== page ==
Hicken History, Family Crest & Coats of Arms
- Origins Available:
There are many Irish surnames being used today in forms that are quite different than their original, ancient forms. Hicken originally appeared in Gaelic as "O huigin," which is derived from the word "uiging," which is akin to the Norse word "viking."
Early Origins of the Hicken family
The surname Hicken was first found in County Sligo (Irish: Sligeach), in the province of Connacht in Northwestern Ireland, where they held a family seat from ancient times. This distinguished Irish Clann was a branch of the O'Neills, said to descend from a grandson of Niall of the Nine Hostages, the 4th century High King of Ireland and founder of the Uí Neill Clan.
Early History of the Hicken family
This web page shows only a small excerpt of our Hicken research. Another 144 words (10 lines of text) covering the years 1315, 1501, 1595, 1720, 1490, 1490, 1578, 1659, 1624, 1691, 1659, 1661, 1679, 1670, 1735, 1720, 1801, 1796 and 1818 are included under the topic Early Hicken History in all our PDF Extended History products and printed products wherever possible.
Hicken Spelling Variations
Just like the English language, the Gaelic language of Ireland was not standardized in the Middle Ages. Therefore, one's name was often recorded under several different spellings during the life of its bearer. Spelling variations revealed in the search for the origins of the Hicken family name include Higgins, Higgin, O'Higgin, Higgans, Higgens and many more.
Early Notables of the Hicken family (pre 1700)
Prominent amongst the family at this time was Sean mac Fergail Óicc Ó hUiccinn (died 1490) an Irish poet, Chief Ollam of Ireland (?-1490.)
Shean Duff O'Higgins was Lord of Ballynary, Sligo; Theophilus Higgons (c.1578-1659), was an English divine and convert to Catholicism; Sir Thomas Higgons (c 1624-1691), was an English diplomat and politician, Member of Parliament for Malmesbury in 1659, and...
Another 62 words (4 lines of text) are included under the topic Early Hicken Notables in all our PDF Extended History products and printed products wherever possible.
Hicken migration to Australia +
Emigration to Australia
followed the First Fleets
of convicts, tradespeople and early settlers. Early immigrants include:
Hicken Settlers in Australia in the 19th Century
- Abel Hicken, English convict from Warwick, who was transported aboard the "Asia" on July 29th, 1823, settling in Van Diemen's Land, Australia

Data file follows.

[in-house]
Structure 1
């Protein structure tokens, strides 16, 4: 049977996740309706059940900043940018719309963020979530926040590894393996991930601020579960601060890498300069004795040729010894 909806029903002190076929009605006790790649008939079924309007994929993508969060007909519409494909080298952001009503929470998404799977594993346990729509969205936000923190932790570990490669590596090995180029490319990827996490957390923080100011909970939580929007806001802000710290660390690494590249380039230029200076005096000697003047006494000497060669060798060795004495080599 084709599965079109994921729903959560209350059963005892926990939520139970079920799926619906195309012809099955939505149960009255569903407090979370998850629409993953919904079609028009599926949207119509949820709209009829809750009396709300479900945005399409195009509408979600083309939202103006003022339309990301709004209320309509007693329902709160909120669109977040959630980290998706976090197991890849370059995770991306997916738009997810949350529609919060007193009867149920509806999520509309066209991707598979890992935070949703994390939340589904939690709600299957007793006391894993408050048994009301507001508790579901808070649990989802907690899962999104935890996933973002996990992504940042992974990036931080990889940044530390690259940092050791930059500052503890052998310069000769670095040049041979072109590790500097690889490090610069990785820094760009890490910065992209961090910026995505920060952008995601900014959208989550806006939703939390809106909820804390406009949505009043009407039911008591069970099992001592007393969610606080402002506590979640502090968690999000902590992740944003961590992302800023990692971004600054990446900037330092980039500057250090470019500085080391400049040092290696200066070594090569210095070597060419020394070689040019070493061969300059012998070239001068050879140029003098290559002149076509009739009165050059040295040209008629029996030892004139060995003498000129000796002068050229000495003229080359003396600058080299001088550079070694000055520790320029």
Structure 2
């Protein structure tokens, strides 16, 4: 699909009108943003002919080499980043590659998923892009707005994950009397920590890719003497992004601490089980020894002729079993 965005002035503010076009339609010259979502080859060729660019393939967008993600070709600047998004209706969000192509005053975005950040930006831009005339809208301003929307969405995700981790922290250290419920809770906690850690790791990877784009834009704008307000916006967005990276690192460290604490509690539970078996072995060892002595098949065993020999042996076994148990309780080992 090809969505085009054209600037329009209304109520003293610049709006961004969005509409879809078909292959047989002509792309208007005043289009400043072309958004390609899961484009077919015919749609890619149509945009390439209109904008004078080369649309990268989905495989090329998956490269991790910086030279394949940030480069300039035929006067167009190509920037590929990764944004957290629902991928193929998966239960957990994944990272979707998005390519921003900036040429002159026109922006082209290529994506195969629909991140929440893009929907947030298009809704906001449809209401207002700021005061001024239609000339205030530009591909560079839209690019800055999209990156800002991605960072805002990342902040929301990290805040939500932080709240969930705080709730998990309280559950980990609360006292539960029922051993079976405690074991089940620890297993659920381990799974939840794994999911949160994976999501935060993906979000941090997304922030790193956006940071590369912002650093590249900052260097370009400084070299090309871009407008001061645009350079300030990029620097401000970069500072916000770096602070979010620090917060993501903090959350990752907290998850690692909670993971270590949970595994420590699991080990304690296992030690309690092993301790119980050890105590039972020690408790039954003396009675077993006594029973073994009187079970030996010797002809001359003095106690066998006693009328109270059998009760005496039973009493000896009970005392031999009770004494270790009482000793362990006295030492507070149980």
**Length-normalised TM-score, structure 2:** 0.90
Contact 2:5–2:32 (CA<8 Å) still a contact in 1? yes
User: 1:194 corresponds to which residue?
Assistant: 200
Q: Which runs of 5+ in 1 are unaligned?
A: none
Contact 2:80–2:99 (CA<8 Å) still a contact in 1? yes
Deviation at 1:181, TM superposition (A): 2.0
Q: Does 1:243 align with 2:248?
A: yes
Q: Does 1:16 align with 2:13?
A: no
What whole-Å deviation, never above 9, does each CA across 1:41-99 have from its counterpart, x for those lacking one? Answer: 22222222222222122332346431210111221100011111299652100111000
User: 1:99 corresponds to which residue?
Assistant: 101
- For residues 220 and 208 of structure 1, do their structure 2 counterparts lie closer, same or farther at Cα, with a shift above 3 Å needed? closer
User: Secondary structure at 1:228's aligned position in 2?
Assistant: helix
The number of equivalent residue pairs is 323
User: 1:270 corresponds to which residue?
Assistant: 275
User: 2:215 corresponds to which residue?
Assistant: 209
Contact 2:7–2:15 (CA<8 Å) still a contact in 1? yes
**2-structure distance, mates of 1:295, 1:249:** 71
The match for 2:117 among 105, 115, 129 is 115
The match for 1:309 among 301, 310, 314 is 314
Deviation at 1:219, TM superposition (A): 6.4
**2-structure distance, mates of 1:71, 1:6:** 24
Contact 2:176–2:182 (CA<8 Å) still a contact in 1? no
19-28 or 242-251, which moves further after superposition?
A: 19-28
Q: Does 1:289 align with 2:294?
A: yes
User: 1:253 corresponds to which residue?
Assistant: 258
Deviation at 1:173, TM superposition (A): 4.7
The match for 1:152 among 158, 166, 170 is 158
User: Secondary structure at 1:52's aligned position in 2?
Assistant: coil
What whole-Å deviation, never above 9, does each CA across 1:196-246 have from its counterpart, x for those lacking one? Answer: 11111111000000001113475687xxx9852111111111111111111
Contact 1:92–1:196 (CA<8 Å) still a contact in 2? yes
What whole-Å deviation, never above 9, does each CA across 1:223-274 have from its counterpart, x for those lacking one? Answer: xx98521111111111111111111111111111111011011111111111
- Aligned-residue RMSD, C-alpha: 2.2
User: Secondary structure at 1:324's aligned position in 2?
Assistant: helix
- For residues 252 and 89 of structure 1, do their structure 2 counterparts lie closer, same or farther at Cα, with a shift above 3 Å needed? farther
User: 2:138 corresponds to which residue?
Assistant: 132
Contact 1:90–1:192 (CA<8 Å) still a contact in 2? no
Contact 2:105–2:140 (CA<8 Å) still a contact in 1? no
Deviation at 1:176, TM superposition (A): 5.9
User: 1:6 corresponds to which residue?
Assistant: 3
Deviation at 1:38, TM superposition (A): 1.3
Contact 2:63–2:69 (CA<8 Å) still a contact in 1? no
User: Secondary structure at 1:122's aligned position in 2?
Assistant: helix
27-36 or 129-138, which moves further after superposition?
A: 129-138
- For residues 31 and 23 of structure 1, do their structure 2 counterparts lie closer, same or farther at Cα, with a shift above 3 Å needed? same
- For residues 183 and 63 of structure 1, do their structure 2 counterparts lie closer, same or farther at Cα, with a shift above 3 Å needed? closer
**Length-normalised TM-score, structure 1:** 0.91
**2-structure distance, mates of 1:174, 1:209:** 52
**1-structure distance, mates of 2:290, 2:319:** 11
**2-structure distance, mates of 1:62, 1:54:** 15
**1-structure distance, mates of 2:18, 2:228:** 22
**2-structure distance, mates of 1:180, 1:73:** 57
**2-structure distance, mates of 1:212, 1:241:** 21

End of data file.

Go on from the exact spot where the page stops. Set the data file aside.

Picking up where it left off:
- Mr. Thomas Hicken, (b. 1845), aged 13, Cornish labourer departing from Plymouth on 25th February 1858 aboard the ship "Admiral Boxer" arriving in Geelong, Melbourne, Victoria, Australia on 14th May 1858 
Hicken migration to New Zealand +
Emigration to New Zealand followed in the footsteps of the European explorers, such as Captain Cook (1769-70): first came sealers, whalers, missionaries, and traders. By 1838, the British New Zealand Company had begun buying land from the Maori tribes, and selling it to settlers, and, after the Treaty of Waitangi in 1840, many British families set out on the arduous six month journey from Britain to Aotearoa to start a new life. Early immigrants include:
Hicken Settlers in New Zealand in the 19th Century
- William Hicken, who arrived in Auckland, New Zealand aboard the ship "Easterhill" in 1882
Contemporary Notables of the name Hicken (post 1700) +
- Donna Hicken Deegan (b. 1961), American author, breast cancer awareness advocate, wife of Dan Hicken
- Daniel Patrick "Dan" Hicken (b. 1963), American sports director and weeknight sports anchor for First Coast News, Jacksonville, Florida
- W. A. Hicken (b. 1859), American Republican politician, Member of Minnesota State House of Representatives 57th District, 1917-18 
- Edward E. Hicken (b. 1876), American Republican politician, Delegate to Republican National Convention from Massachusetts, 1936 
- Chris Hicken, British singer, songwriter/composer, and producer
Historic Events for the Hicken family +
Related Stories +
The Hicken Motto +
The motto was originally a war cry or slogan. Mottoes first began to be shown with arms in the 14th and 15th centuries, but were not in general use until the 17th century. Thus the oldest coats of arms generally do not include a motto. Mottoes seldom form part of the grant of arms: Under most heraldic authorities, a motto is an optional component of the coat of arms, and can be added to or changed at will; many families have chosen not to display a motto.
Motto: Pro patria
Motto Translation: For my country